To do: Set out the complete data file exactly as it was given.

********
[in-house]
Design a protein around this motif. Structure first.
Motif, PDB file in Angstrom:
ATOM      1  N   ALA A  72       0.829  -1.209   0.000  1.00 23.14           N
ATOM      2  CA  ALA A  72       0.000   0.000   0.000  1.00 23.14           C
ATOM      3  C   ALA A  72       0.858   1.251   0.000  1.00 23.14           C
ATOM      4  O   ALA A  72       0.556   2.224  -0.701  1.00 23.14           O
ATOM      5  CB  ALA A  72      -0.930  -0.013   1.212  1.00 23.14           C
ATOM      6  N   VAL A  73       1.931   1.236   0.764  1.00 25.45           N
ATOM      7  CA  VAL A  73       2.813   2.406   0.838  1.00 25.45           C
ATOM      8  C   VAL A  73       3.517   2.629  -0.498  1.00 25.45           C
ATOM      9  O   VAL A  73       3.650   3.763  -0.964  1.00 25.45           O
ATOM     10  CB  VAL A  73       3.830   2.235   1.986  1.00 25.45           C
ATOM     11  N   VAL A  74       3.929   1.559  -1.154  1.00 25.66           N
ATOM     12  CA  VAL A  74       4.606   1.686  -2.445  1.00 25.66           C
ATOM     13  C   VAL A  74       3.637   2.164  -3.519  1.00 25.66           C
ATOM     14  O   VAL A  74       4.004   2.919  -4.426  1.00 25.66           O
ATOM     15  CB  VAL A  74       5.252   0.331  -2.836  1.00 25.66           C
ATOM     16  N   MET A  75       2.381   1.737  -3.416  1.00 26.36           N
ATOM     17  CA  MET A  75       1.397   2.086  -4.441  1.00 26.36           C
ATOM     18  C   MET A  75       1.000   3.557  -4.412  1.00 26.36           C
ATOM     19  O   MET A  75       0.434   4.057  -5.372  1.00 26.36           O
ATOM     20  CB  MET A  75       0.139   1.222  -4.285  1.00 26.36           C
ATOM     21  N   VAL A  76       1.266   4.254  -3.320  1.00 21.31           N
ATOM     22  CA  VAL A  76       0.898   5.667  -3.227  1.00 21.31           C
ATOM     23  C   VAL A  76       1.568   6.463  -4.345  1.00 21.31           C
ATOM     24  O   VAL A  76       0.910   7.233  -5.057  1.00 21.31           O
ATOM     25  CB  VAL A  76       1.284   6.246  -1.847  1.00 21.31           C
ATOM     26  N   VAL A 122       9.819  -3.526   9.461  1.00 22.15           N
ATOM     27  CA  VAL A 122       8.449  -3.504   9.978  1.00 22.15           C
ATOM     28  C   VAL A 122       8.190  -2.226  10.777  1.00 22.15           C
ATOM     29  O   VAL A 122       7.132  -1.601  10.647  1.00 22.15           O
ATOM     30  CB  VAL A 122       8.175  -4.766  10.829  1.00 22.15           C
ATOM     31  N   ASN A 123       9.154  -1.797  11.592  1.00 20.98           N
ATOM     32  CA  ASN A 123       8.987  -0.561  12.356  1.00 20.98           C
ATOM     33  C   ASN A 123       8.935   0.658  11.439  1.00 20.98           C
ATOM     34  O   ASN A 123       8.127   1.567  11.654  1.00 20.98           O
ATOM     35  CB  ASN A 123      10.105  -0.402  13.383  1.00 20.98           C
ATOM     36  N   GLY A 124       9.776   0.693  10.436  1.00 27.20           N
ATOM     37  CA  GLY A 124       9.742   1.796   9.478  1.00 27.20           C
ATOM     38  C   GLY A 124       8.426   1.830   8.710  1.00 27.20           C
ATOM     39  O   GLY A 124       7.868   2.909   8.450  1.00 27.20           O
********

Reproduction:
[in-house]
Design a protein around this motif. Structure first.
Motif, PDB file in Angstrom:
ATOM      1  N   ALA A  72       0.829  -1.209   0.000  1.00 23.14           N
ATOM      2  CA  ALA A  72       0.000   0.000   0.000  1.00 23.14           C
ATOM      3  C   ALA A  72       0.858   1.251   0.000  1.00 23.14           C
ATOM      4  O   ALA A  72       0.556   2.224  -0.701  1.00 23.14           O
ATOM      5  CB  ALA A  72      -0.930  -0.013   1.212  1.00 23.14           C
ATOM      6  N   VAL A  73       1.931   1.236   0.764  1.00 25.45           N
ATOM      7  CA  VAL A  73       2.813   2.406   0.838  1.00 25.45           C
ATOM      8  C   VAL A  73       3.517   2.629  -0.498  1.00 25.45           C
ATOM      9  O   VAL A  73       3.650   3.763  -0.964  1.00 25.45           O
ATOM     10  CB  VAL A  73       3.830   2.235   1.986  1.00 25.45           C
ATOM     11  N   VAL A  74       3.929   1.559  -1.154  1.00 25.66           N
ATOM     12  CA  VAL A  74       4.606   1.686  -2.445  1.00 25.66           C
ATOM     13  C   VAL A  74       3.637   2.164  -3.519  1.00 25.66           C
ATOM     14  O   VAL A  74       4.004   2.919  -4.426  1.00 25.66           O
ATOM     15  CB  VAL A  74       5.252   0.331  -2.836  1.00 25.66           C
ATOM     16  N   MET A  75       2.381   1.737  -3.416  1.00 26.36           N
ATOM     17  CA  MET A  75       1.397   2.086  -4.441  1.00 26.36           C
ATOM     18  C   MET A  75       1.000   3.557  -4.412  1.00 26.36           C
ATOM     19  O   MET A  75       0.434   4.057  -5.372  1.00 26.36           O
ATOM     20  CB  MET A  75       0.139   1.222  -4.285  1.00 26.36           C
ATOM     21  N   VAL A  76       1.266   4.254  -3.320  1.00 21.31           N
ATOM     22  CA  VAL A  76       0.898   5.667  -3.227  1.00 21.31           C
ATOM     23  C   VAL A  76       1.568   6.463  -4.345  1.00 21.31           C
ATOM     24  O   VAL A  76       0.910   7.233  -5.057  1.00 21.31           O
ATOM     25  CB  VAL A  76       1.284   6.246  -1.847  1.00 21.31           C
ATOM     26  N   VAL A 122       9.819  -3.526   9.461  1.00 22.15           N
ATOM     27  CA  VAL A 122       8.449  -3.504   9.978  1.00 22.15           C
ATOM     28  C   VAL A 122       8.190  -2.226  10.777  1.00 22.15           C
ATOM     29  O   VAL A 122       7.132  -1.601  10.647  1.00 22.15           O
ATOM     30  CB  VAL A 122       8.175  -4.766  10.829  1.00 22.15           C
ATOM     31  N   ASN A 123       9.154  -1.797  11.592  1.00 20.98           N
ATOM     32  CA  ASN A 123       8.987  -0.561  12.356  1.00 20.98           C
ATOM     33  C   ASN A 123       8.935   0.658  11.439  1.00 20.98           C
ATOM     34  O   ASN A 123       8.127   1.567  11.654  1.00 20.98           O
ATOM     35  CB  ASN A 123      10.105  -0.402  13.383  1.00 20.98           C
ATOM     36  N   GLY A 124       9.776   0.693  10.436  1.00 27.20           N
ATOM     37  CA  GLY A 124       9.742   1.796   9.478  1.00 27.20           C
ATOM     38  C   GLY A 124       8.426   1.830   8.710  1.00 27.20           C
ATOM     39  O   GLY A 124       7.868   2.909   8.450  1.00 27.20           O